I lost my favorite pair of yoga pants. In my house. They have to be here somewhere, but I can’t find them. I’ve been looking for days.
And, I am not alone. My clients and friends talk about it often. One found her earrings in her underwear drawer and another opened her freezer the other day and discovered frozen car keys.
Should we be worried about dementia???
Probably not. Forgetfulness can also be a symptom of living with a distracted mind and there sure is a lot to distract us these days. The level of input our brains are expected to handle has increased tremendously. We are busy, our minds are spinning, and it’s almost impossible to remember everything.
According to the Alzheimer’s Association forgetting things occasionally is normal. It is when the forgetfulness starts to hinder your lifestyle that you should be concerned. If you think your memory loss is more serious than simple distraction, it is important you talk to your doctor. Hope I can remember that…
You can protect your brain by:
• Not smoking
• Eating a healthy diet (the Mediterranean diet is often recommended)
• Exercising your body
• Exercising your brain with puzzles or programs like Lumosity
• Creating new neuro-pathways by changing your routines and adding variety
Be careful about the words and labels you use. It may seem fun to joke about having an Alzheimer’s moment, but you don’t want to program that idea into your mind. Focus instead on all the ways your brain is working well and supporting you.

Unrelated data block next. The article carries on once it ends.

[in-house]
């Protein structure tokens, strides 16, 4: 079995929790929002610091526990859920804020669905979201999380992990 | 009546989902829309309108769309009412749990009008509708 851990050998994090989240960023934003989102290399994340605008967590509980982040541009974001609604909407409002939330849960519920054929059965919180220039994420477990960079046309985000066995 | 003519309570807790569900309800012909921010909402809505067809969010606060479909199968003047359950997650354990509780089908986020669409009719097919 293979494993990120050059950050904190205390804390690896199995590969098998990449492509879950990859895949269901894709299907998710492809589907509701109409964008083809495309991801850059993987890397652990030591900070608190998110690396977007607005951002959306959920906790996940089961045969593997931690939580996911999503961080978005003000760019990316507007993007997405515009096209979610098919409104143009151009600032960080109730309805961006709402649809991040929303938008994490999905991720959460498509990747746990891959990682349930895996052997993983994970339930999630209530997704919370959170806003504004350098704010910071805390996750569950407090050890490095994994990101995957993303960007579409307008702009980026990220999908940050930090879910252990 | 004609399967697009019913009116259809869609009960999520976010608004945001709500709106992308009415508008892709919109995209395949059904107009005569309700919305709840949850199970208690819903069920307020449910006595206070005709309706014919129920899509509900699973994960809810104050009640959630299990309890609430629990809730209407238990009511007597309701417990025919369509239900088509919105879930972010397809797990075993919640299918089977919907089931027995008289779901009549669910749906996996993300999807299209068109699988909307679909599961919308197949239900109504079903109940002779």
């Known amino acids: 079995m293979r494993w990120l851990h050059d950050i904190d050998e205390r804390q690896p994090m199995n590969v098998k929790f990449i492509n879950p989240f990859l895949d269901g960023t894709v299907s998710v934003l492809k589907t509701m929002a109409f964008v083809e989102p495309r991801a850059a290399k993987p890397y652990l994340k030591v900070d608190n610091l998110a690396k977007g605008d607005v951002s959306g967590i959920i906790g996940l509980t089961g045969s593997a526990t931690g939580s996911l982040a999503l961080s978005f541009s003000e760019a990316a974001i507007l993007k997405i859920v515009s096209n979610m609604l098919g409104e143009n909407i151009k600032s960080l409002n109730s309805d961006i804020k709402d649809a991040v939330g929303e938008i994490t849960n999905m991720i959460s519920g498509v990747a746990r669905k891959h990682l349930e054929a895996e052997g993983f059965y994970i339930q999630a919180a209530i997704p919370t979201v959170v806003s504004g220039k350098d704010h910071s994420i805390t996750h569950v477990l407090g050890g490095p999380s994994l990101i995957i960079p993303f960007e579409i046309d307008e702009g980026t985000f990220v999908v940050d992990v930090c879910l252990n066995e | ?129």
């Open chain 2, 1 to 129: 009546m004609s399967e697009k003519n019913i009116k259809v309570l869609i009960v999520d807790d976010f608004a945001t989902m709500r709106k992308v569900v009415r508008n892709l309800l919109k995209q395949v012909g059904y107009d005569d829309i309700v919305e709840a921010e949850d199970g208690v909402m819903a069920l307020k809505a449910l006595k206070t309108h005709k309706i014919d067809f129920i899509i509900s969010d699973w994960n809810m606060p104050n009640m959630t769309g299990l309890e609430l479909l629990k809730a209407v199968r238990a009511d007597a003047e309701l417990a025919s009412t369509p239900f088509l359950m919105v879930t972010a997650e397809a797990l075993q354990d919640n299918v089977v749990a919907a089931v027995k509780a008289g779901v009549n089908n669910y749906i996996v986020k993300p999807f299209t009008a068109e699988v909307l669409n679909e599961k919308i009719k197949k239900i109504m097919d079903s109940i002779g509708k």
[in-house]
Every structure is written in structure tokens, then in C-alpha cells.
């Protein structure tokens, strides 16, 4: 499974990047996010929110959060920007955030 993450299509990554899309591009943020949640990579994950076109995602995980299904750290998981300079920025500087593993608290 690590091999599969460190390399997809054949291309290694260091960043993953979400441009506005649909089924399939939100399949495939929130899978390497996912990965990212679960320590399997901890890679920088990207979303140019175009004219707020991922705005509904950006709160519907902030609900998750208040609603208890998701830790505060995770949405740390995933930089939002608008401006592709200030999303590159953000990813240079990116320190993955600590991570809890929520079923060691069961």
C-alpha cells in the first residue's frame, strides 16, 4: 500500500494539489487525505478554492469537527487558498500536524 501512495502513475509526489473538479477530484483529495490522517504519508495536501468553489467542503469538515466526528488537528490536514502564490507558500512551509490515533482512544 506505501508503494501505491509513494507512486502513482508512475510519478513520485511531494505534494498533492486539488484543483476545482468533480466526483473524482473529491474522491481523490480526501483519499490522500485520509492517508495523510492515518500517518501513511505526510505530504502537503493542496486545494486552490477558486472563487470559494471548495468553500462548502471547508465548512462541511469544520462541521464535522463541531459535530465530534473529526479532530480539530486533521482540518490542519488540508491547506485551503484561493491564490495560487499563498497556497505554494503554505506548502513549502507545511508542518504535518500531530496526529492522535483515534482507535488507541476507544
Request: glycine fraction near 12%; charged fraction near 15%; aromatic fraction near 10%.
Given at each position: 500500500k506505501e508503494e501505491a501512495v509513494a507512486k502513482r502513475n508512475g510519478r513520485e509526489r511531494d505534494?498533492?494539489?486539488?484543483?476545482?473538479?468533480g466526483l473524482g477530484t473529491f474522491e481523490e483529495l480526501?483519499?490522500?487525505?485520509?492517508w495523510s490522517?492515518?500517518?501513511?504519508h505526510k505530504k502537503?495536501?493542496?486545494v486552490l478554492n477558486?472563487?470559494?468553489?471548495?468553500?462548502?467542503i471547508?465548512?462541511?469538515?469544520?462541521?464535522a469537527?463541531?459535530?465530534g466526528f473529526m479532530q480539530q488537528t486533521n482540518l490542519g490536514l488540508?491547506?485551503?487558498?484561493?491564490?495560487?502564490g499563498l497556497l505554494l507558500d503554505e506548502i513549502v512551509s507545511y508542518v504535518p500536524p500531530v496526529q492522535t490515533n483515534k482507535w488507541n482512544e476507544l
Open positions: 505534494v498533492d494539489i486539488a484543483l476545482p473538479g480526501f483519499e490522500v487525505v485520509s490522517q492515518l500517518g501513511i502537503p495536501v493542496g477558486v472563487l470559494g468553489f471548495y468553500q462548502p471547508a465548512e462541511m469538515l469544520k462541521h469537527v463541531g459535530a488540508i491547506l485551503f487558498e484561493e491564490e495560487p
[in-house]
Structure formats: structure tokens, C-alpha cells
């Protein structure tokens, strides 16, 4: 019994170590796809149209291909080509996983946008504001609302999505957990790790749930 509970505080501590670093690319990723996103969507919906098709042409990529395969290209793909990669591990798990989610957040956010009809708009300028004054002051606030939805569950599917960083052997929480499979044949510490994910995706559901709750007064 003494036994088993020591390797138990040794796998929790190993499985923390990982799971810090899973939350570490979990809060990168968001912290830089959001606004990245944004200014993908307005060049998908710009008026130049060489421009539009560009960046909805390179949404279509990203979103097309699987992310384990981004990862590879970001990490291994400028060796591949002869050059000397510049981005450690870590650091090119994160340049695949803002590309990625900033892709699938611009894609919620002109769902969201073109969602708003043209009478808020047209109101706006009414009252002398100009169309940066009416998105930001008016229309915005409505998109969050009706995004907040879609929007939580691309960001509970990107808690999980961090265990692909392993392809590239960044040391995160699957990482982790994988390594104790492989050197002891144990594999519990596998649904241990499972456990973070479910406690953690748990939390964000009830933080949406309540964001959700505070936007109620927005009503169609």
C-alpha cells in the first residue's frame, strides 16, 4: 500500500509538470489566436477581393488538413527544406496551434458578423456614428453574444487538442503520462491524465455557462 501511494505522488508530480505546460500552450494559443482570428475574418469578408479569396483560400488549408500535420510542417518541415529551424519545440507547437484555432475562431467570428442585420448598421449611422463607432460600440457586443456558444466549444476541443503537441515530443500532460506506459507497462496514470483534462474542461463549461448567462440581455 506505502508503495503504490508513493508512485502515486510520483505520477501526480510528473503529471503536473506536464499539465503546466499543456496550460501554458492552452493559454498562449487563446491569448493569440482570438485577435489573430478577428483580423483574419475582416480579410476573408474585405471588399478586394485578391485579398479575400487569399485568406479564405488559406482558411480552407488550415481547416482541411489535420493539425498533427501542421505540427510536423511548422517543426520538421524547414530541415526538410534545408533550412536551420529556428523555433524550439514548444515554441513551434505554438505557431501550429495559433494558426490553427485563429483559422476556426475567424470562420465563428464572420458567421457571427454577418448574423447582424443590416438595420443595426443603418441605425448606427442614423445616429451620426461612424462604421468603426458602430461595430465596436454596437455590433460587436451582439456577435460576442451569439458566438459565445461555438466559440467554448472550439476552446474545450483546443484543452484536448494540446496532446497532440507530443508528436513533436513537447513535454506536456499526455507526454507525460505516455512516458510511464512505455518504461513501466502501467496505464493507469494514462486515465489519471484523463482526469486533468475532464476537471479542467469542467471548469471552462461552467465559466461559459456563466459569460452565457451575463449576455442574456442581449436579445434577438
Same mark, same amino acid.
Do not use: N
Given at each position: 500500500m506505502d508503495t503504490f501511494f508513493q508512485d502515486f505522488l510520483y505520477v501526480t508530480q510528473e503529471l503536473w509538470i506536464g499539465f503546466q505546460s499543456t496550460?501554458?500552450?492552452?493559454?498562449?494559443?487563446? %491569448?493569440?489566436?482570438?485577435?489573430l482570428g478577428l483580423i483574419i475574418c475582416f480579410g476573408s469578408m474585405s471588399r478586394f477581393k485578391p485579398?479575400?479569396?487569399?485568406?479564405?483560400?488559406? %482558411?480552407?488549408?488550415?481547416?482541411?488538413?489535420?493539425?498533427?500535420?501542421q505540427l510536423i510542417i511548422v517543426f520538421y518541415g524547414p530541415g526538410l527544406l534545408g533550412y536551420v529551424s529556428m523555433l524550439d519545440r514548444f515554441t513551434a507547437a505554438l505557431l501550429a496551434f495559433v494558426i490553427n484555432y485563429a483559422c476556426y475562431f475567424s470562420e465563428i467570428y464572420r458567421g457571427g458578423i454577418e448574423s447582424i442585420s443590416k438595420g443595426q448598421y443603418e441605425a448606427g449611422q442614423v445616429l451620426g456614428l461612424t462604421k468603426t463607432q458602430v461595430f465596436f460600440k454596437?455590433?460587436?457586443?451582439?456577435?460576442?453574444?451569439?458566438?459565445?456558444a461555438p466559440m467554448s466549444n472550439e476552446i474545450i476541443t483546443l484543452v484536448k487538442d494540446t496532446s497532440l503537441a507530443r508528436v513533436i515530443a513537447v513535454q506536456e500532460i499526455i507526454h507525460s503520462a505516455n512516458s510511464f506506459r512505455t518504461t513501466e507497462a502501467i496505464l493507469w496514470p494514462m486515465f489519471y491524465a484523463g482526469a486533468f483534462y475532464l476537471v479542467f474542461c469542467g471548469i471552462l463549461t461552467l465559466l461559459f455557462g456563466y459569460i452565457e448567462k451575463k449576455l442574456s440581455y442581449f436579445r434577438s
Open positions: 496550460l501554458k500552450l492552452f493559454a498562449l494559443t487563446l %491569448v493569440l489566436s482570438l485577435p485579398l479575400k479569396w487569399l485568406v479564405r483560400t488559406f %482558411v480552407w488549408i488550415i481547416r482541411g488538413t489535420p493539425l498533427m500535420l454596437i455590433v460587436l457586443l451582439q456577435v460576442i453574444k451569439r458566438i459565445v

If you feel distraction is an issue, the solution is simple – start paying attention.
• Do one thing at a time whenever possible
• Slow down
• Learn to say no if you are trying to do too much
• Pause and make a mental note of where you are putting things
• Take hourly breaks, have relaxing weekends, and go on vacation
• Give yourself visual cues – when I have a load in the washer, I put a note on my counter
• Use lists, calendars, apps, alarms, and timers
• Give your things a home where they belong
• Create routines, like putting your keys in a specific place when you walk in the door
• Practice being fully present in each moment
• Take time for prayer, meditation, and clearing your mind
• Do not joke about having Alzheimer’s or call yourself forgetful
Taking these steps can limit the memory blips and stress due to distraction, but don’t get too addicted to using memory tools. Give your brain the opportunity to remember on its own and use the tools as back up. You wouldn’t want your brain to get lazy, would you?
Your Turn: I would love to hear about your favorite ways to remember things or how you deal with distraction. You can share by commenting below.